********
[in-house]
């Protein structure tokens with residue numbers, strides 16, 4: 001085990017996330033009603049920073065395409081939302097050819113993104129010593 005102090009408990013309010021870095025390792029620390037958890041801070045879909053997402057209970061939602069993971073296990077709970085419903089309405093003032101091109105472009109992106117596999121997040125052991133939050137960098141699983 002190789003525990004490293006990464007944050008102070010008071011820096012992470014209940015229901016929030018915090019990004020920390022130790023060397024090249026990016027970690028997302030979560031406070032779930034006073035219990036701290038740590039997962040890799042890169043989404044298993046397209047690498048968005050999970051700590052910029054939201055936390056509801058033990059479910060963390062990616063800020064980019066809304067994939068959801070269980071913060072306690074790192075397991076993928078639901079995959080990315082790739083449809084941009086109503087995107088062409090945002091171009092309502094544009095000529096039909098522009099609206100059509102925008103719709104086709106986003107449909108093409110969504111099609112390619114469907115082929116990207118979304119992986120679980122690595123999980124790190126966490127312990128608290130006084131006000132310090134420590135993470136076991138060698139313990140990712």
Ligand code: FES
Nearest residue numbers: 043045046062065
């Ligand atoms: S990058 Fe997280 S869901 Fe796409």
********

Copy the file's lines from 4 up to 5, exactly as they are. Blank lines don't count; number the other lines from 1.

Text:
Nearest residue numbers: 043045046062065
């Ligand atoms: S990058 Fe997280 S869901 Fe796409």